Dr. Suzanne Afflalo a Health Champion for the Faith-Based Community

“I wanted to develop a program at my church that would directly address lifestyle changes,” Dr. Afflalo, a Champion Health Provider, stated of her work at City of Hope International Church. “That means healthy eating, in terms of better choices of meals, and incorporating an exercise program – focusing on the things that are going to make a difference. So for the people who have health conditions, such as high blood pressure, type 2 diabetes and high cholesterol, we needed a healthy eating program that would address those conditions both directly and indirectly.”

Dr. Suzanne Afflalo is a family physician who has worked at Kaiser Permanente in San Diego for the past 20 years and is a Champion Health Provider with her community of faith. She has partnered with the UC San Diego-Center for Community Health Faith-Based Wellness program as a Wellness Champion. Dr. Afflalo works closely with Lakeysha Sowunmi – Program Manager for the Faith-Based Wellness Program. The Faith-Based Wellness Program is designed to reduce disparities in the incidence of obesity by improving food and physical-activity environments for low-income communities of faith across San Diego County. Together, Sowunmi and Dr. Afflalo have partnered to help faith-based organizations, such as City of Hope International Church, adopt improved health policies. Dr. Afflalo actively participates in speaking engagements and supports the program’s policy, systems and environmental (PSE) changes such as the creation of health ministries, healthy eating/drinking policies and walking clubs in the faith-based settings as well as facilitates important discussions about common dietary practices in the African-American community.

It was recognized at the outset that in order to succeed, the program needed support from community advocates. Health care providers work with patients and their families every day. As a result, the providers know that a patient’s scope of influence goes beyond the individual they meet in the exam room. Thus, health care providers can be effective advocates to mobilize community members and influence policy makers.

Much of Dr. Afflalo’s work involves African-American community members in the faith-based organizations. “There is a significant disparity amongst the minorities, especially African-Americans, in terms of certain conditions such as high blood pressure, type 2 diabetes and an increased risk of stroke and heart attacks, among others,” she says. “I want to try to prevent these early deaths, these strokes and heart attacks, they are unnecessary.” Dr. Affalo continues, “And it’s so preventable. If we can just get the information to them and have them start changing their ways, simple ways, you know it doesn’t take a lot. I’m not expecting a miracle; I’m just expecting small steps from them toward the improvement of their health.”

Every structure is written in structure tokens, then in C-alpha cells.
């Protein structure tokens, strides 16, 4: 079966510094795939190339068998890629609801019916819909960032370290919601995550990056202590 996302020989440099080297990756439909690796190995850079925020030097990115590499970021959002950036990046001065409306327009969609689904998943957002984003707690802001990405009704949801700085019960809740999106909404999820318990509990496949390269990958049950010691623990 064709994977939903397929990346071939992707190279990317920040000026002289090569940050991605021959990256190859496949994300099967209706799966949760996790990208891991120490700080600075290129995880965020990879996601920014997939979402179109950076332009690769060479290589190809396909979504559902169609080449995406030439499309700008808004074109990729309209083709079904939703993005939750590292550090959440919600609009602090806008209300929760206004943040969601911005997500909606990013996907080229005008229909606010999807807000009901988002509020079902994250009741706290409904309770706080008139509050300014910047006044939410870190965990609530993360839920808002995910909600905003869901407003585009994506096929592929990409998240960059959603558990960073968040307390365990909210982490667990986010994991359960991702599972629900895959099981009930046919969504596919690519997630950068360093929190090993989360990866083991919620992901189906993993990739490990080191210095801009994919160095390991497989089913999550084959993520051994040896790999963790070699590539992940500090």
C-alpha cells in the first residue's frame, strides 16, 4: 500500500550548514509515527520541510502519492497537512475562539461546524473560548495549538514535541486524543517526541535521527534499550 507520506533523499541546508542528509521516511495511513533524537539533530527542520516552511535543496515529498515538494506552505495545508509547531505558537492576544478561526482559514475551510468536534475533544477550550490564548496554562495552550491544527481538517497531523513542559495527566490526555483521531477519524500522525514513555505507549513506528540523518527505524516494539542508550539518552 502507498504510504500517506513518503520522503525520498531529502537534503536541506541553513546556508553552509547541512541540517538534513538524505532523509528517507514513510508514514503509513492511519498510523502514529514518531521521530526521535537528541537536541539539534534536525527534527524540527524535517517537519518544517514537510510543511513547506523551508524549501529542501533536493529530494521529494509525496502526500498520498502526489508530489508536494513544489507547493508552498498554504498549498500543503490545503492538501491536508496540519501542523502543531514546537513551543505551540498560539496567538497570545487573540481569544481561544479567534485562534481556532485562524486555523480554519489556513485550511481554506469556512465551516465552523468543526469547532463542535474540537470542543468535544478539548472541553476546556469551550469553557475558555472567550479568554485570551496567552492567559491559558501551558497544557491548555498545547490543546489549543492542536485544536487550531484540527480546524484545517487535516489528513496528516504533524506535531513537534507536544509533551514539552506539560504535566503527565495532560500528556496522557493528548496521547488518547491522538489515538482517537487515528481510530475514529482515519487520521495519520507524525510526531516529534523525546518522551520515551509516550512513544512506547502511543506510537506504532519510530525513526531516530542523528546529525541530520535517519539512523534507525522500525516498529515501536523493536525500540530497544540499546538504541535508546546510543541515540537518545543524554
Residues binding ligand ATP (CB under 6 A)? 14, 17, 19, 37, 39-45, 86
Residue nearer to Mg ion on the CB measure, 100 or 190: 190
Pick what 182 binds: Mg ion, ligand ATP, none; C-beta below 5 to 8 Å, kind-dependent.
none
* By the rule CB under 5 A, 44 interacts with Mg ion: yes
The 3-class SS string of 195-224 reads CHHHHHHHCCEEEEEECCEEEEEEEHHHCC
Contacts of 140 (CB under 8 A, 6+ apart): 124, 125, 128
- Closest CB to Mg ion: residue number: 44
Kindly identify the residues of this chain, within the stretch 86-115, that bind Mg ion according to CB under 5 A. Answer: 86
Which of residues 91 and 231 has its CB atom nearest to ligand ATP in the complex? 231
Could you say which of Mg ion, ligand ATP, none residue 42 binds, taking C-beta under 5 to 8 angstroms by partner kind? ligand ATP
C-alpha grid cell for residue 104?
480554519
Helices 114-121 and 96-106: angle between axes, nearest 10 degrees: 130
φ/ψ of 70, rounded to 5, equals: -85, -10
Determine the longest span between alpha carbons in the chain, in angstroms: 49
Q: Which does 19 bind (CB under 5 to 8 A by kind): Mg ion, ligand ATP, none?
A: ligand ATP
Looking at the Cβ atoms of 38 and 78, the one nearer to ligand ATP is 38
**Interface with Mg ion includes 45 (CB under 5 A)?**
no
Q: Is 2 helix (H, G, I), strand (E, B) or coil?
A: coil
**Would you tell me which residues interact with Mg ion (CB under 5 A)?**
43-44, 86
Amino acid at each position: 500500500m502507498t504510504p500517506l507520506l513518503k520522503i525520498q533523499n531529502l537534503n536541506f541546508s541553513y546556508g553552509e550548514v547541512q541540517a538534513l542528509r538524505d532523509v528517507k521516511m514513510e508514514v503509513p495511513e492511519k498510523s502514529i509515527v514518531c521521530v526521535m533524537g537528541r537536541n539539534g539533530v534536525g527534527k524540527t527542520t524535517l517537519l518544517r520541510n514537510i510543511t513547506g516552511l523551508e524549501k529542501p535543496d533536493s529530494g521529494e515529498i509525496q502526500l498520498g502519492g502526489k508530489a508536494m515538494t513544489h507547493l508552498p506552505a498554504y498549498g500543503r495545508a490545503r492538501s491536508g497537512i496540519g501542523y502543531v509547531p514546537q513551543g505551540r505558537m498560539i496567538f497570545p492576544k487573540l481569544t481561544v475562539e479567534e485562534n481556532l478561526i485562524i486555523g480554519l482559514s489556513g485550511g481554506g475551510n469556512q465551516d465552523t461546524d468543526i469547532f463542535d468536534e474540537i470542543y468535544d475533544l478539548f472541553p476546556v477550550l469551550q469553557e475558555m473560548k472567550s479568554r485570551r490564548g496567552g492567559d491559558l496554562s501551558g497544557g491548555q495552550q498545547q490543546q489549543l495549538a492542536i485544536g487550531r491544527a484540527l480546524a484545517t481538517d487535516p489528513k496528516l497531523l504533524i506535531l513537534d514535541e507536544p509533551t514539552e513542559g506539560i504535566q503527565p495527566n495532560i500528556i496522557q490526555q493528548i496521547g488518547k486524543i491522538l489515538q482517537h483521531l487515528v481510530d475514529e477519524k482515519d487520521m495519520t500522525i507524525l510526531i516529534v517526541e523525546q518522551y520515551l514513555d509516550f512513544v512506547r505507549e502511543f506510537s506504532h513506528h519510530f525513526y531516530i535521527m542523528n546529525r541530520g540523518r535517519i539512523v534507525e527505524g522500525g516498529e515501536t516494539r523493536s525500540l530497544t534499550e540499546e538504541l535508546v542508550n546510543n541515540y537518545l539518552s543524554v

Dr. Afflalo received her medical degree from George Washington University School of Medicine in Washington, D.C. and completed her family-medicine residency at Kaiser Permanente Medical Center in Los Angeles. She has served as Chief of the Family Medicine Department at Kaiser for six years and has taught many medical students and residents as an associate faculty member at UCSD School of Medicine since 1994. Due to her strong work ethic and investment in her community, Dr. Afflalo has received multiple awards such as the Kaiser Permanente San Diego Family Physician of the Year (2008), and more recently the National Black Police Association’s Community Outreach Award. Dr. Afflalo is currently a board member of the SDBHA (San Diego Black Health Associates) which allows her to work directly in the community doing health education, health screening and outreach. She also serves on the Southeastern San Diego Community Advisory Committee, which provides an opportunity to develop and promote culturally appropriate health policies that improve the overall health of our local community.

To learn more about caring for the community as a Champion Health Provider, listen to your own call to action to improve the communities where we live and contact the UC San Diego Center for Community Health today.

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